Modernism refers to a global movement in society and culture that from the early decades of the twentieth century sought a new alignment with the experience and values of modern industrial life. Building on late nineteenth-century precedents, artists around the world used new imagery, materials and techniques to create artworks that they felt better reflected the realities and hopes of modern societies.
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Cubism: Cubism was a revolutionary new approach to representing reality invented in around 1907 by artists Pablo Picasso and Gedearteassociazione.orges Braque who aimed to bring different views of subjects together in the same picture, resulting in paintings that appear fragmented and abstracted. Cubism opened up almost infinite new possibilities for the treatment of visual reality and was the starting point for many later abstract styles
Kazimir Malevich Black Square 1913Malevich’s black square: Kazimir Malevich painted his first Black Square in 1915. It is one of the seminal works of modern art, and of Western art generally, marking as it does the break between representational painting and abstract painting. Malevich declared the square a work of Suprematism, a movement which he proclaimed but which is associated almost exclusively with his own work
László Moholy-Nagy K VII 1922 dearteassociazione.dearteassociazione.org
Constructivism: Constructivism was a particularly austere branch of abstract art building on the experiments in abstraction undertaken by the cubists. It was founded by Vladimir Tatlin and Alexander Rodchenko in Russia around 1915. It rejected the idea of art as separate from other aspects of life and was in favour of art as a practice for social purposes
De Stijl: Meaning ‘style’ in Dutch, De Stijl was a circle of Dutch abstract artists who promoted a style of art based on a strict geometry of horizontals and verticals. It was founded in in 1917 by Piet Mondrian and Theo van Doesburg, and had a profound influence on the development both of abstract art and modern architecture and design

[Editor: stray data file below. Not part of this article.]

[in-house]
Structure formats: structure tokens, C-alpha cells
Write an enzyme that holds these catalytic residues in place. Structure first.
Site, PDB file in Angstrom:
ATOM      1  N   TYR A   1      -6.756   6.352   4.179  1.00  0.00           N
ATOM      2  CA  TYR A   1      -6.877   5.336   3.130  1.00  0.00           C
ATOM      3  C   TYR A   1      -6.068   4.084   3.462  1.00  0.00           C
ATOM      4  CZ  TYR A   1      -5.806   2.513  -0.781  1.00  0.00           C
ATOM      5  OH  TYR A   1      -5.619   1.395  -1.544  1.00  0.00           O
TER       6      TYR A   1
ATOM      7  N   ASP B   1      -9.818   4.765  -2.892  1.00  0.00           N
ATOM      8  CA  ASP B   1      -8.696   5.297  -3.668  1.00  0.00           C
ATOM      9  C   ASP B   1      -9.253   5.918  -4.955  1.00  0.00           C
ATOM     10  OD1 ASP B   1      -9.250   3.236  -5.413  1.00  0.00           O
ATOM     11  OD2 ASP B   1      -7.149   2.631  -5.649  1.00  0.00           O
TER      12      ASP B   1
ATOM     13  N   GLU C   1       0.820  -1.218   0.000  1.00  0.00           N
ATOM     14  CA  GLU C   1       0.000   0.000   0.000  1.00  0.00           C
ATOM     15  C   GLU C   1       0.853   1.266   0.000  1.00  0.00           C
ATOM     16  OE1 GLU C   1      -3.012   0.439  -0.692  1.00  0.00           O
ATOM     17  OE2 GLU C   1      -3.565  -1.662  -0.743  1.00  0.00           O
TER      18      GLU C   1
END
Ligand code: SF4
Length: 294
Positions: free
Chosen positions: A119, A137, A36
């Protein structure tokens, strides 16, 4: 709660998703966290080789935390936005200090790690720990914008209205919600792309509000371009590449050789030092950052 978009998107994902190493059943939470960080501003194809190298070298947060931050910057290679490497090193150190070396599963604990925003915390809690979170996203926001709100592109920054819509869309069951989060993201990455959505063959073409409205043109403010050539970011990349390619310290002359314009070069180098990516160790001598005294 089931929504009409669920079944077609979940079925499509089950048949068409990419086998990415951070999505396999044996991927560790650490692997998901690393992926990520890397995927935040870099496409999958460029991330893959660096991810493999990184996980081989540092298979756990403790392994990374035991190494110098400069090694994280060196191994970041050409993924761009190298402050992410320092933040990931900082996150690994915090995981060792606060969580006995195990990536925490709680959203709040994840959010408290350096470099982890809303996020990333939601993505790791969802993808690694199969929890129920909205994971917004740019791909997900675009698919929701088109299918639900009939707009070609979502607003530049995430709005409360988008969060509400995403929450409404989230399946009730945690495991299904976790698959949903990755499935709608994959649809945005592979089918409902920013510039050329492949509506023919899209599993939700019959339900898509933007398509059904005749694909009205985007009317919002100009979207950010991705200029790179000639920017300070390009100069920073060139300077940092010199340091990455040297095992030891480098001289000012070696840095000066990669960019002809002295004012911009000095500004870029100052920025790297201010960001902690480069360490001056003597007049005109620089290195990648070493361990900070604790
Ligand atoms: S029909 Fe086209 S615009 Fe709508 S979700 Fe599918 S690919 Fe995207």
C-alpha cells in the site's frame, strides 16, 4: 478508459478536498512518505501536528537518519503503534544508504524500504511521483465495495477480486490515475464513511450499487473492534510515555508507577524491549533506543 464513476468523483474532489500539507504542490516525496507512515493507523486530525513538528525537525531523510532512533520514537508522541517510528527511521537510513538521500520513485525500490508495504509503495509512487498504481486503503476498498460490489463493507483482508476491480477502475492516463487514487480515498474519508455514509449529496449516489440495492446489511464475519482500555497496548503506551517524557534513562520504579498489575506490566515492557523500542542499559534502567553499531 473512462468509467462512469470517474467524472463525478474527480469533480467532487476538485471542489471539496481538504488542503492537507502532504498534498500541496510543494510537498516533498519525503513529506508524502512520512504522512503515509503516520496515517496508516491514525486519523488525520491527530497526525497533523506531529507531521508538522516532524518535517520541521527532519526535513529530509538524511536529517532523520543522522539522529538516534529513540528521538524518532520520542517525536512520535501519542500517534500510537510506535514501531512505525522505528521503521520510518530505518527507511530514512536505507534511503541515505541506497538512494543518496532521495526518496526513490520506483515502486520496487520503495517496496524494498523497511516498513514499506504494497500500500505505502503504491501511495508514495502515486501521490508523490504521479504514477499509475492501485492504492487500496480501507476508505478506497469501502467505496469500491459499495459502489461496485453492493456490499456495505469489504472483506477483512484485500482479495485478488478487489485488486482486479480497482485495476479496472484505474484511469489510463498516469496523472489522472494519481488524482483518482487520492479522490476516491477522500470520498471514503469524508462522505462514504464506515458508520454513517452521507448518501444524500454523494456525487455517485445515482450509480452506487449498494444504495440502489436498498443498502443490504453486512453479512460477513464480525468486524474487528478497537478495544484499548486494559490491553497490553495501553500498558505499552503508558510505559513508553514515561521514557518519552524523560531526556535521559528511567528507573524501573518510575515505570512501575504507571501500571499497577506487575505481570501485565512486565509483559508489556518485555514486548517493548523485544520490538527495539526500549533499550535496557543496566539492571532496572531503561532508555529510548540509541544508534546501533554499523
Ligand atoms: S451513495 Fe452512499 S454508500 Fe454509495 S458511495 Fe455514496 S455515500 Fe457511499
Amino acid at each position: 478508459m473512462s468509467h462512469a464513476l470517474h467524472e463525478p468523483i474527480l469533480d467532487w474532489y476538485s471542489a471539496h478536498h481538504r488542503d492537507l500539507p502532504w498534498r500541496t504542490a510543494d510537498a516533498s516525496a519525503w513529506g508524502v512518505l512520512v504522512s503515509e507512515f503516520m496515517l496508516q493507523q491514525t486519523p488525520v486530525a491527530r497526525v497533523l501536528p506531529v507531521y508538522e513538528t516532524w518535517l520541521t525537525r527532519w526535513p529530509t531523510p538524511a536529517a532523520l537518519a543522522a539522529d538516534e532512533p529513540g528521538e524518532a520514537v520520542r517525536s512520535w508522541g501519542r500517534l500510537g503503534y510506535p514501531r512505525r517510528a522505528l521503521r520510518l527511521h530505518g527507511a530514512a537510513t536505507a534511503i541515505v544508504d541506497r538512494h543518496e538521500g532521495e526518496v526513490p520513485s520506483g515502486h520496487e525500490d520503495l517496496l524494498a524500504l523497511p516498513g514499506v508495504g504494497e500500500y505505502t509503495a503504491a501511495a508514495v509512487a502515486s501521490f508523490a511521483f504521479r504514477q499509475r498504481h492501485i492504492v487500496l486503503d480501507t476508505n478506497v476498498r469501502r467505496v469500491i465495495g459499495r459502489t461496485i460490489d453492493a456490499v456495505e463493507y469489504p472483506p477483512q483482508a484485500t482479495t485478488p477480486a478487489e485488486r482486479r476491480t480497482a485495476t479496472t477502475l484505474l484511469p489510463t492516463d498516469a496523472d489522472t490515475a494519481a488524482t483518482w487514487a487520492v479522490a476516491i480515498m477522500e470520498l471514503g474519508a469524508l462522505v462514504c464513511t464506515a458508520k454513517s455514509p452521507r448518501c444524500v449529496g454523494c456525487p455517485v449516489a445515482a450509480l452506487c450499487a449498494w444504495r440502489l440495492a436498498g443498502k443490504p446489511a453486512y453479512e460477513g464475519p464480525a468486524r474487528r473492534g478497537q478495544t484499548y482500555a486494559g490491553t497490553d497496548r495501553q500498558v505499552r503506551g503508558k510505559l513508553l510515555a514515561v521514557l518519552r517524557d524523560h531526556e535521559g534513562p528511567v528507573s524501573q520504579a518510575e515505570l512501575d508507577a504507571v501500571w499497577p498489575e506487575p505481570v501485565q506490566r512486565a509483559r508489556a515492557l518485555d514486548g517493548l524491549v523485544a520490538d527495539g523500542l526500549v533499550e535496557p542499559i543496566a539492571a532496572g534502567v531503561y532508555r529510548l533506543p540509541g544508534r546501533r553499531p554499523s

Dada: Formed in Zurich as a response to the horrors of the First World War, the aim of the Dada artists was to destroy traditional values in art and to create a new art that could reflect the modern world. The art, poetry and performance produced by dada artists is often satirical and nonsensical in nature. In addition to being anti-war, dada was also anti-bourgeois and had political affinities with the radical left
Surrealism: Surrealism was a movement which began in the 1920s of writers and artists. The aim of surrealism was to reveal the unconscious and reconcile it with rational life
Abstract expressionism: In the 1940s and 1950s American painters such as Jackson Pollock, Mark Rothko and Willem de Kooning developed a new approach to painting characterised by gestural mark-making, and the impression of spontaneity. They were supported by probably the most influential art critic in the twentieth century Clement Greenberg, who emphasised the importance of the formal properties of art – such as colour, line and space – over subject or meaning
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Minimalism: Developed in the USA in the 1960s, and typified by artworks composed of simple geometric shapes, minimalism extended the idea that art should have its own reality and not be an imitation of some other thing. The medium, (or material) from which it is made, and the form of the work is the reality. Minimalist painter Frank Stella famously said about his paintings ‘What you see is what you see’
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